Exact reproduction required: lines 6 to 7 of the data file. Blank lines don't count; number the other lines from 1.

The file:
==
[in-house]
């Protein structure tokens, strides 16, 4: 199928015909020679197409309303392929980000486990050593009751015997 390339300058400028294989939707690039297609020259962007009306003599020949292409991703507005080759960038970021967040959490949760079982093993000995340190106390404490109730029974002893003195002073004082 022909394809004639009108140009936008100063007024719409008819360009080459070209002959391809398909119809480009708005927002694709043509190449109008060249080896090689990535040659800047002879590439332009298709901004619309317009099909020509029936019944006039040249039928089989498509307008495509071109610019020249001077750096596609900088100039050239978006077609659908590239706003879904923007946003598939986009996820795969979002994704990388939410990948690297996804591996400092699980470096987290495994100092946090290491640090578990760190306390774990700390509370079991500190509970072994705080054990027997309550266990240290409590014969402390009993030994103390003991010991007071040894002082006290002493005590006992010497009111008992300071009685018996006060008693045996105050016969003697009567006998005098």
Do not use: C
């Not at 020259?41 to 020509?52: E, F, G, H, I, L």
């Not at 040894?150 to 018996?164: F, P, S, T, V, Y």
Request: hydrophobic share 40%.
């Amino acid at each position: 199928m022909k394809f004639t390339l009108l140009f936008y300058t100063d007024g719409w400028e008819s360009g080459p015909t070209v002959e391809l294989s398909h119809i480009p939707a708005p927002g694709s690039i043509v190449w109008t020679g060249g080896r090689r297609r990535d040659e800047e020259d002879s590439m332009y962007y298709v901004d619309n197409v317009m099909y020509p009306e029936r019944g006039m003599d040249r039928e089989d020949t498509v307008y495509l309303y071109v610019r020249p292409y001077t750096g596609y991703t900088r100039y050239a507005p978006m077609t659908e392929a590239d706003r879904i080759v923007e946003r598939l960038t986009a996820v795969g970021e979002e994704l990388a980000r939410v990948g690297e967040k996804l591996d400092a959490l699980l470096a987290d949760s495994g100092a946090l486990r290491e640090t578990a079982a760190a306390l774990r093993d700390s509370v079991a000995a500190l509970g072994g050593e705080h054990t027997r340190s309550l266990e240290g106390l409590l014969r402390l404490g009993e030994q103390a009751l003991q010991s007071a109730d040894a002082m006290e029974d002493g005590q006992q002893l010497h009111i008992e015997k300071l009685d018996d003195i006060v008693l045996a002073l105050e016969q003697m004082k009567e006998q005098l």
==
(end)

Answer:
Request: hydrophobic share 40%.
């Amino acid at each position: 199928m022909k394809f004639t390339l009108l140009f936008y300058t100063d007024g719409w400028e008819s360009g080459p015909t070209v002959e391809l294989s398909h119809i480009p939707a708005p927002g694709s690039i043509v190449w109008t020679g060249g080896r090689r297609r990535d040659e800047e020259d002879s590439m332009y962007y298709v901004d619309n197409v317009m099909y020509p009306e029936r019944g006039m003599d040249r039928e089989d020949t498509v307008y495509l309303y071109v610019r020249p292409y001077t750096g596609y991703t900088r100039y050239a507005p978006m077609t659908e392929a590239d706003r879904i080759v923007e946003r598939l960038t986009a996820v795969g970021e979002e994704l990388a980000r939410v990948g690297e967040k996804l591996d400092a959490l699980l470096a987290d949760s495994g100092a946090l486990r290491e640090t578990a079982a760190a306390l774990r093993d700390s509370v079991a000995a500190l509970g072994g050593e705080h054990t027997r340190s309550l266990e240290g106390l409590l014969r402390l404490g009993e030994q103390a009751l003991q010991s007071a109730d040894a002082m006290e029974d002493g005590q006992q002893l010497h009111i008992e015997k300071l009685d018996d003195i006060v008693l045996a002073l105050e016969q003697m004082k009567e006998q005098l």